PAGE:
London Merchants of 1677
As early as 1650 a pamphlet by Henry
Robinson describes an "Office of Addresses" in Threadneedle Street.
This office, which seemed to cover real estate, employment, trade, shipping,
and even marriage brokerage, among other things, kept a register of all manner
of addresses and for a fee of sixpence (though free to the poor) answers to
all sorts of questions relating to business could be obtained.
The publication in 1677 of 'A collection of the names of the merchants living in and around London' for Sam. Lee and Dan. Major was possibly the first printed commercial directory of London.
While it may seem as though many merchants could be found at their local tavern that was not the case. The practice of street numbering did not commence in London until the 1760s. Since Roman times merchants used signs to advertise their business, such as a shoe for a cobbler, or a mortar and pestle for an apothecary. This allowed even those not able to read to find business premises readily. With multiple businesses in the same area dealing with the same product, such as the goldsmiths of Lumbard (Lombard) Street, other unrelated symbols were used. These symbols were usually painted on a sign-board and hung outside the premises and resulted in addresses such as 'at the Sun' or 'at the Black Lion'.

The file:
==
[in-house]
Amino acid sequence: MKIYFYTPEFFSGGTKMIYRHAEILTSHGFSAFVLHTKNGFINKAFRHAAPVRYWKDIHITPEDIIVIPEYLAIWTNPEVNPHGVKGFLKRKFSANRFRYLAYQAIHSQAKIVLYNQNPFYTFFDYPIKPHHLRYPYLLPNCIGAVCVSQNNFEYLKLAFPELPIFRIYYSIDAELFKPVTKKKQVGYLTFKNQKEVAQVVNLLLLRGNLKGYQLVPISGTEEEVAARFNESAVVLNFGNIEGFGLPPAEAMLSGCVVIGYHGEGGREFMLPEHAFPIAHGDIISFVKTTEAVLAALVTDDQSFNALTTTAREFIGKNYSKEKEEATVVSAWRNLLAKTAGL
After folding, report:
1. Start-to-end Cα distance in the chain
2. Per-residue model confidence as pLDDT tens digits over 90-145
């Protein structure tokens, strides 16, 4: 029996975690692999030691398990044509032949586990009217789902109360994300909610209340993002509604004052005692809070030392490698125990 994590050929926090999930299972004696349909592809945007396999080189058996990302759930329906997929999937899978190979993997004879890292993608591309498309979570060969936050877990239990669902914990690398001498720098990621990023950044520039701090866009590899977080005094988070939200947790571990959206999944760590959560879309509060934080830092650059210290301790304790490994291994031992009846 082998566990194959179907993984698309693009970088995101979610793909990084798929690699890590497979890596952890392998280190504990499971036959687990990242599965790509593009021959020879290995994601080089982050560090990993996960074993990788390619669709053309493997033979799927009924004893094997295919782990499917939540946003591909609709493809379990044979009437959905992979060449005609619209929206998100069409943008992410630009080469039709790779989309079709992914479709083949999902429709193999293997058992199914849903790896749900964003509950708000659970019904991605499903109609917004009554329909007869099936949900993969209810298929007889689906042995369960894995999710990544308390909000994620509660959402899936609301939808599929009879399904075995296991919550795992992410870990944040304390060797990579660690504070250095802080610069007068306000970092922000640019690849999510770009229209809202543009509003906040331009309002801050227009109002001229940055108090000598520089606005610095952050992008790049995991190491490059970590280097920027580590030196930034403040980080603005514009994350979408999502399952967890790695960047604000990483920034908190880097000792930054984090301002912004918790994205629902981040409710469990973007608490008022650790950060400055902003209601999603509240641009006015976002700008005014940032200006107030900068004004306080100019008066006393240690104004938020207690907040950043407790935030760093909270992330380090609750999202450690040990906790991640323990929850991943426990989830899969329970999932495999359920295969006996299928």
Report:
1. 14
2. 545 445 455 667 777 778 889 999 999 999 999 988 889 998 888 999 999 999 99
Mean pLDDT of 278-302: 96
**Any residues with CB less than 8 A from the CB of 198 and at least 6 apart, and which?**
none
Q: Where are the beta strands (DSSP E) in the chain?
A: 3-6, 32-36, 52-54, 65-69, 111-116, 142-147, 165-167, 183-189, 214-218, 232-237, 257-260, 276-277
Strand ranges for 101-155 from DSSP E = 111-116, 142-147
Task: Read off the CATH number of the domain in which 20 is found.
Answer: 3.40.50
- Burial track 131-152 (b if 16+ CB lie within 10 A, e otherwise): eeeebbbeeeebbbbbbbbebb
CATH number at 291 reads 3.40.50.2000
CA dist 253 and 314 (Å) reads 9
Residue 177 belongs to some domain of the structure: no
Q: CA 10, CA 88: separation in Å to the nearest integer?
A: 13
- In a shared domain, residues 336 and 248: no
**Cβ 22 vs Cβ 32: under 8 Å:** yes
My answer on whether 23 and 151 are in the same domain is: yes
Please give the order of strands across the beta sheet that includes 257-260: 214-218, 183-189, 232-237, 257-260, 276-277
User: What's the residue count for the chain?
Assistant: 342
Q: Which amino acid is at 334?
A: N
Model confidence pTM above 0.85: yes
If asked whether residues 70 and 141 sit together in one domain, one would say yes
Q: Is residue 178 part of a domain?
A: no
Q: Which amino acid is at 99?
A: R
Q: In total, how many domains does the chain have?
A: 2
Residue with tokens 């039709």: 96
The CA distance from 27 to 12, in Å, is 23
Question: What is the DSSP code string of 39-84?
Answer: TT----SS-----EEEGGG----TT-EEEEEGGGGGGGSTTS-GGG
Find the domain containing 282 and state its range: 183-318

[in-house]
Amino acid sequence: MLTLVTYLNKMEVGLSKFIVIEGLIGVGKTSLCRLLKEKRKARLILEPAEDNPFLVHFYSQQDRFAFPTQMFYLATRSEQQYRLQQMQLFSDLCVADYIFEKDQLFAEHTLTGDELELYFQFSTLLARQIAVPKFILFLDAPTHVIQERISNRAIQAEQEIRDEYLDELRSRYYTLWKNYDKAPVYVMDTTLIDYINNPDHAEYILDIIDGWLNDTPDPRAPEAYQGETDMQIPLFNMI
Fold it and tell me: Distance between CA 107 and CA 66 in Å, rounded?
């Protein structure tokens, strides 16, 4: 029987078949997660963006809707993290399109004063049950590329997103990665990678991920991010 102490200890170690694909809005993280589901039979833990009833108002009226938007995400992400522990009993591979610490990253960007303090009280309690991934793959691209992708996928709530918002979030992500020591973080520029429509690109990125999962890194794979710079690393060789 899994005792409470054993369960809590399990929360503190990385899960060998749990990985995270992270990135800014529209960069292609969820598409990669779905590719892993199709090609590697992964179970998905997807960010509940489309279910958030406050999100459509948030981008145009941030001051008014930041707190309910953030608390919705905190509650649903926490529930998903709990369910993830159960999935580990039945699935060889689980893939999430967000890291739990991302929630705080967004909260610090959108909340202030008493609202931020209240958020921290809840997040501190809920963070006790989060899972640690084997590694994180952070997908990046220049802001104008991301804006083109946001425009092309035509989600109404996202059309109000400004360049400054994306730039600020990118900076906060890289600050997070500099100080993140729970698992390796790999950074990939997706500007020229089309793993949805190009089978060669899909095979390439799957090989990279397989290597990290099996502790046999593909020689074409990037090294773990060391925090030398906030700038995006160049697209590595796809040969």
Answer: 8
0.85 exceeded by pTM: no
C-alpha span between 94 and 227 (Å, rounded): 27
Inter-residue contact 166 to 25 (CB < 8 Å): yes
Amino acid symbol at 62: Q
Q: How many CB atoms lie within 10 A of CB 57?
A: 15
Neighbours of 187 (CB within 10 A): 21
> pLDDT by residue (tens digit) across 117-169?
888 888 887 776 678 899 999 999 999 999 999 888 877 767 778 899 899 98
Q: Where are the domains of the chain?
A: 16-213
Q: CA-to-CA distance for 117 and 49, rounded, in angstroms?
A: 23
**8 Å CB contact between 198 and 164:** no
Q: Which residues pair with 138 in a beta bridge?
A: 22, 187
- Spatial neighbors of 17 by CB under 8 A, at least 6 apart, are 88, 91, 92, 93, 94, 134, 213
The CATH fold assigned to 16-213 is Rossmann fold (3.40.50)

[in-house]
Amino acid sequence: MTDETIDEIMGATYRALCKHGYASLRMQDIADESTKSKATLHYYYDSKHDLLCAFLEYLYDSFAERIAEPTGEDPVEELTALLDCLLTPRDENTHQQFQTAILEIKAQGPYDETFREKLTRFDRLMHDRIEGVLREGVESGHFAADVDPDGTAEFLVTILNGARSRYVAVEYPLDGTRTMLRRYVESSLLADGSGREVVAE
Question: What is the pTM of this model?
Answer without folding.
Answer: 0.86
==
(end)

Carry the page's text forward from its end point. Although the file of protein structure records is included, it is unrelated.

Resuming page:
The introduction to a reprint of the 1677 publication in 1878 suggested many names were spelt phonetically. An example given was John Peatorson who was probably the Scottish merchant John Patterson. Matth. & Abra. Heybert were possibly Matthew and Abraham Hébert merchants and dyers of French origins. Even the street names suffered with Hartichoak Lane instead of Artichoke Lane.
The only occupations listed were the Blackwell Hall factors and goldsmiths.
In the 1600s manufactured woolen cloth was the principle trade commodity of England and Blackwell Hall in London was the center for that trade. Initially cloth manufacturers, clothiers, would bring the finished product to Blackwell Hall to be displayed and sold to merchants and drapers. In the mid 1600s agents, or Blackwell-hall Factors, were introduced to handle the trade, for a fee. By the 1690s the Blackwell-hall Factors had virtually taken over the market so that clothiers were excluded from selling their own goods, as was their ancient right, causing a long running controversy. The Blackwell-hall Factors were still very active in the mid 1700s.
The goldsmiths listed are those that 'kept running cashes'. Goldsmiths were the early bankers before the revolution of 1688 and joints stock banking and safe facilities in paper currency started a new era in finance.
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